Data Protection and Proctoring Best Practice

When conducting remote proctoring, it is important to balance security and data protection considerations.

Security is important because if people cheat at a test, the results are not valid or trustworthy, and this impacts all test takers and the whole test program.

However, test takers have a right for their privacy and data protection to be respected, and there are data protection laws that need to be followed.

This page contains some high level general good practice information and resources for those using Questionmark remote proctoring on how to respect test taker privacy and comply with data protection legislation.

General principles

  1. Be open and transparent with test-takers. Share in advance why you are doing proctoring, what information you capture, how long you keep it with and what you do with it.
  2. Adopt a policy on how to respond to requests from test takers, for example if they want a copy of their personal data or if they want to delete it.
  3. Adopt good security practices. Questionmark itself adopts security practices in line with our independent third-party audited ISO 27001 certification, and make sure that your organization also protects its access to confidential data (e.g. use strong passwords).
  4. Don’t use data collected during proctoring for purposes other than test review and integrity.
  5. If you record video as part of your proctoring, set a retention period for the video which you can justify based on a fair balance between data protection and security.
  6. If you are testing in Europe, you need a legal basis for conducting the video review and/or recording within the proctoring (and indeed for any personal data processing). European data protection law provides a number of possible legal basis for the processing of personal data, including legitimate interests, necessity for performing a task in the public interest and consent. If you decide to rely on legitimate interests – that it is in your legitimate interests to proctor test takers to reduce test fraud – you should document a formal assessment balancing the advantages to security vs the risks to test takers, and communicate your use of legitimate interest to test takers.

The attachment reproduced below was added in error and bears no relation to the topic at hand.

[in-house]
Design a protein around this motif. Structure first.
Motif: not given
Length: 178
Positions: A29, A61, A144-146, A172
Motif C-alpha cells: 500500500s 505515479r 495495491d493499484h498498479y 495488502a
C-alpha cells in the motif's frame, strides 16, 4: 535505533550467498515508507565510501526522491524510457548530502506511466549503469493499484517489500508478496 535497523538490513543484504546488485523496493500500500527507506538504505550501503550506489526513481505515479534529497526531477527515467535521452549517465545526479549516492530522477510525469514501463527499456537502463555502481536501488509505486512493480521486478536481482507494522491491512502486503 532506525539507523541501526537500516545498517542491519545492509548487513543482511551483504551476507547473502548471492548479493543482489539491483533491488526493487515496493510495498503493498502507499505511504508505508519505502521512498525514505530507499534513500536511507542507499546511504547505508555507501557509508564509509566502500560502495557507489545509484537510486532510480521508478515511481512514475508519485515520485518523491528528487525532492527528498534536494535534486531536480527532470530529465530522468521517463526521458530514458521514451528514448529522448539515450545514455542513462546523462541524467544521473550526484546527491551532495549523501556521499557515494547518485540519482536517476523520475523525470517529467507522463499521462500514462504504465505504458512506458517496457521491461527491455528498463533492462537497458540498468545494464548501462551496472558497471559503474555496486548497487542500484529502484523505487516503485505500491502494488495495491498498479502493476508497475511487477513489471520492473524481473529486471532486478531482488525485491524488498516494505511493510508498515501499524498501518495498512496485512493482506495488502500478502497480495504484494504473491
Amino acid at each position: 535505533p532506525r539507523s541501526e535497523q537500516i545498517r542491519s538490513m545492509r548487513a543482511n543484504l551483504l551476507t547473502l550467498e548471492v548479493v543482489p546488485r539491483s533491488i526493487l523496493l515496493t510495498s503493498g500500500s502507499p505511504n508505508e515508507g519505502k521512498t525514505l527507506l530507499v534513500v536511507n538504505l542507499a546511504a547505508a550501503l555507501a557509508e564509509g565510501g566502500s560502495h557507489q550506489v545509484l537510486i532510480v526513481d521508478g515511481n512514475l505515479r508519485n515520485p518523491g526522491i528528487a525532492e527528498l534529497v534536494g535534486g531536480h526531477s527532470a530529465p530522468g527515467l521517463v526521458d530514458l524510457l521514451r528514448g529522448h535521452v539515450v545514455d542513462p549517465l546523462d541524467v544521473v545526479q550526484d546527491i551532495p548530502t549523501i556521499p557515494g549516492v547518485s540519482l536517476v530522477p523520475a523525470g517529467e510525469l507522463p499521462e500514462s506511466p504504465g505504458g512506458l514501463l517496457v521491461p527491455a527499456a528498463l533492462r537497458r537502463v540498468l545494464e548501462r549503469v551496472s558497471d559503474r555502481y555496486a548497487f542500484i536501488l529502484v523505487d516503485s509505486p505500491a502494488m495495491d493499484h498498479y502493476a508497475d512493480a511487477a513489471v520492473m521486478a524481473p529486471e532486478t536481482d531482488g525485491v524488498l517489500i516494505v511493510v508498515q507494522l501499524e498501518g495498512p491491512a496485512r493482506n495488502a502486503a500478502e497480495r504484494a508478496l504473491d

7. If your use of proctoring is large scale or if you are testing in Europe, you should also consider taking the legitimate interest assessment further and conduct a data protection impact assessment (DPIA). In some cases it can be sensible to do a mini DPIA to see if there is any real risk and only do a full one if there seems to be.

1000s of organizations around the world use remote proctoring successfully and millions of test takers take advantage of the convenience of being able to take a test securely at home and in offices. If you are conducting remote proctoring, it makes sense to follow these data protection guidelines to fairly balance the test program needs against the rights of test takers.

Questionmark good practice resources

Questionmark has produced the following resources which are specifically aimed at organizations using Questionmark proctoring and where the GDPR applies. These are strongly recommended reading if you are conducting proctoring in Europe.

We also have the following more general resources available:

Community good practice resources

Questionmark is active within the testing community in the area of good practice in data protection and assessments. Founder, John Kleeman, and Group Legal Counsel, Jamie Armstrong are both members of the Association of Test Publishers (ATP) International Privacy Subcommittee and recommend the following resources.

Get in touch

Questionmark cannot give legal advice but if you have any questions on data protection and Questionmark assessments, please reach out to privacy@questionmark.com.